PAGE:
• Anne M Leone says:

    Yes, exactly. The things that are hardest to come by should be the best to accomplish. At least, I hope so! =)

    Um, yeah… voice comes a LOT easier to me. And I wouldn't trade it. Except for maybe a week of your plotting skills. =)

  • Andrea says:

    I'm jealous of your ability to plot without stickys! For me, plot is the hardest part.

  • Katie L. Carroll (KT) says:

    Anne, maybe we can do a brain swap for a week!

    Andrea, the great thing about not being able to plot is that someone can always help you work out your plot. Voice is a bit trickier…not really able to be taught!

  • Anne M Leone says:

    "Someone can always help you work out your plot." Uh… have you SEEN my plot? =) No, you're probably right, but at the moment it's a bit of a slog and I'm running out of people to happy to discuss every intricate detail with me.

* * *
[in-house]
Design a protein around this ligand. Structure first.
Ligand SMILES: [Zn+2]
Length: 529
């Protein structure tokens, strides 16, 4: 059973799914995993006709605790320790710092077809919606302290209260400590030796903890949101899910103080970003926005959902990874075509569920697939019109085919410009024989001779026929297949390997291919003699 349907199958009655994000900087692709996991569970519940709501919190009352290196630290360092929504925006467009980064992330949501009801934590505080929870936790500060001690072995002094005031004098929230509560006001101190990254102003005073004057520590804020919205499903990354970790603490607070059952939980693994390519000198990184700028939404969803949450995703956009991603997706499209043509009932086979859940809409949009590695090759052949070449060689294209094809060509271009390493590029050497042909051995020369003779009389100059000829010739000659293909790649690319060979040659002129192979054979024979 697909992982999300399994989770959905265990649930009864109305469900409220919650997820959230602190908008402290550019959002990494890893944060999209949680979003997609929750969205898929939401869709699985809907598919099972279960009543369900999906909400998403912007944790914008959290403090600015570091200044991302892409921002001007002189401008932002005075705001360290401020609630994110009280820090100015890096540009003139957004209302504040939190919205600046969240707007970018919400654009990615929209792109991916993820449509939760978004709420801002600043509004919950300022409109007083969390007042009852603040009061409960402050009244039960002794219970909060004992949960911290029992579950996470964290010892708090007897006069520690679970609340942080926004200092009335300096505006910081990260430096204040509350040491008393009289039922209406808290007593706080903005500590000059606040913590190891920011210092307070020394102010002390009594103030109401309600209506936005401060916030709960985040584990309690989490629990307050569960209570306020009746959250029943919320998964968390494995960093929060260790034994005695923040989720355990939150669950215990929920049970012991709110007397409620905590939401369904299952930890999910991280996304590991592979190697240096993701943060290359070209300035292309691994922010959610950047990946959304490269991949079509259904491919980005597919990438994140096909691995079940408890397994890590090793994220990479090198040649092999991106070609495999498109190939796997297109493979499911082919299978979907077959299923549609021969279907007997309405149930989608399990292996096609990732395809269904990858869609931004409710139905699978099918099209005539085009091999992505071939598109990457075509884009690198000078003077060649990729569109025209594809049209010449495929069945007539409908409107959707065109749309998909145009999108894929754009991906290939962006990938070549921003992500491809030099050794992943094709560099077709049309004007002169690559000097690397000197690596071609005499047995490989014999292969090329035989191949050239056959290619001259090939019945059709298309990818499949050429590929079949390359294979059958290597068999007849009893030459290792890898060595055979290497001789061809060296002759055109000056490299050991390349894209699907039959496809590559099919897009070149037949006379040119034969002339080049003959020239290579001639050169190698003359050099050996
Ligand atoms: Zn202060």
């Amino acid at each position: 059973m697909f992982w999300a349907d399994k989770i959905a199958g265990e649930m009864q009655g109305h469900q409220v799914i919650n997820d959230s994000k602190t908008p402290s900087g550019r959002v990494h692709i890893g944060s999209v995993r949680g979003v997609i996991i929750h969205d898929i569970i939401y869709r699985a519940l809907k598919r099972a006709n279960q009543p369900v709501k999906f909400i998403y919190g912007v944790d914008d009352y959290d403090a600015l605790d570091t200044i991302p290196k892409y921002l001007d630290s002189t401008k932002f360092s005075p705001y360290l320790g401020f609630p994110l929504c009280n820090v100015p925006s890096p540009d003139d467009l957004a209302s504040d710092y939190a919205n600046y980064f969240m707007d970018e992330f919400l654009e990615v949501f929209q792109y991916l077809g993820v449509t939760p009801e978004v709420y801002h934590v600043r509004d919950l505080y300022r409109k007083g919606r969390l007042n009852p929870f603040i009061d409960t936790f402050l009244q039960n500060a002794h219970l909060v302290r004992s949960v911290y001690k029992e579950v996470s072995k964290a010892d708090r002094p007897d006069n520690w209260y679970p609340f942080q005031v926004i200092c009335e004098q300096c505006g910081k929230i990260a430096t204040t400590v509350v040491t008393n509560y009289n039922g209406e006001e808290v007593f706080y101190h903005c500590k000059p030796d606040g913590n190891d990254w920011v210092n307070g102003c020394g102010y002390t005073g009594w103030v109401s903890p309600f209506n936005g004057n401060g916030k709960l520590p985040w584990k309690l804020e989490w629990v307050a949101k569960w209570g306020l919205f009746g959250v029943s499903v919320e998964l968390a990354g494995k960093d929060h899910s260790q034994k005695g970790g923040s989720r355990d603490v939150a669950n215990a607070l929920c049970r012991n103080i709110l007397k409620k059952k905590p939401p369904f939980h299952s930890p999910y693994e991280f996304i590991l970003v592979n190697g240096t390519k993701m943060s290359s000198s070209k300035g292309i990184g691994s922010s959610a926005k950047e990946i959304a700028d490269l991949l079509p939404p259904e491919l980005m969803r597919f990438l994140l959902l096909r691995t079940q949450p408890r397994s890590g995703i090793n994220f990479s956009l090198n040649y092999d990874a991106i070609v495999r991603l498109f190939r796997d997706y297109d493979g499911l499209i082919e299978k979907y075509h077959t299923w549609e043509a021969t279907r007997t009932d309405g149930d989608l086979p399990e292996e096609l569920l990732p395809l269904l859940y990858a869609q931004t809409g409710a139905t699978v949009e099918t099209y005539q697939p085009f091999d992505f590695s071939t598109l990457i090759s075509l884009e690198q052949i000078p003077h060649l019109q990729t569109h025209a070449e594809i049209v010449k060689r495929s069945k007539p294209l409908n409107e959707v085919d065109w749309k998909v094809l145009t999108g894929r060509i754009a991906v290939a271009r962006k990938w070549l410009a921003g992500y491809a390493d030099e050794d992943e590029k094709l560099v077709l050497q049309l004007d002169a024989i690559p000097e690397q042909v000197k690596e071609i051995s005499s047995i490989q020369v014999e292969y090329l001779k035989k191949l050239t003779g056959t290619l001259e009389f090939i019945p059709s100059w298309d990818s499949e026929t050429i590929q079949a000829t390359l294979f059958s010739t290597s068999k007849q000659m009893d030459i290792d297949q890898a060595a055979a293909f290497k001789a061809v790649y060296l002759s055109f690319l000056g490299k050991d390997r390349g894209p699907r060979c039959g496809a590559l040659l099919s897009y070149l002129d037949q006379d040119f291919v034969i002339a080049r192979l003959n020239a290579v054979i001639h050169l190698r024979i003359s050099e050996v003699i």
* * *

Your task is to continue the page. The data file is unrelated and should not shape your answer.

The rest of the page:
Would love to do a brain swap sometime. Must put that in my calendar! =)

  • Rochelle says:

    Howdy Katie: I've only had a couple of creative writing courses, so I'm not sure if this will be helpful, but here goes:

    This struck me as curious – "Screw all the backstory I came up with (but not necessarily included in the actual story) to help enrich each of my characters and the setting"

    Why isn't that in the story? I'm sure you have a good picture in your head but does the reader? Have your critiques said that they're not vivid enough? Are you using actions as well as descriptions to give the readers a strong sense of who they are? I remember being told in a writing class that character traits come out in action: don't say they are heroic or generous, show it, for example. Which I'm sure you are, but maybe not repeatedly enough?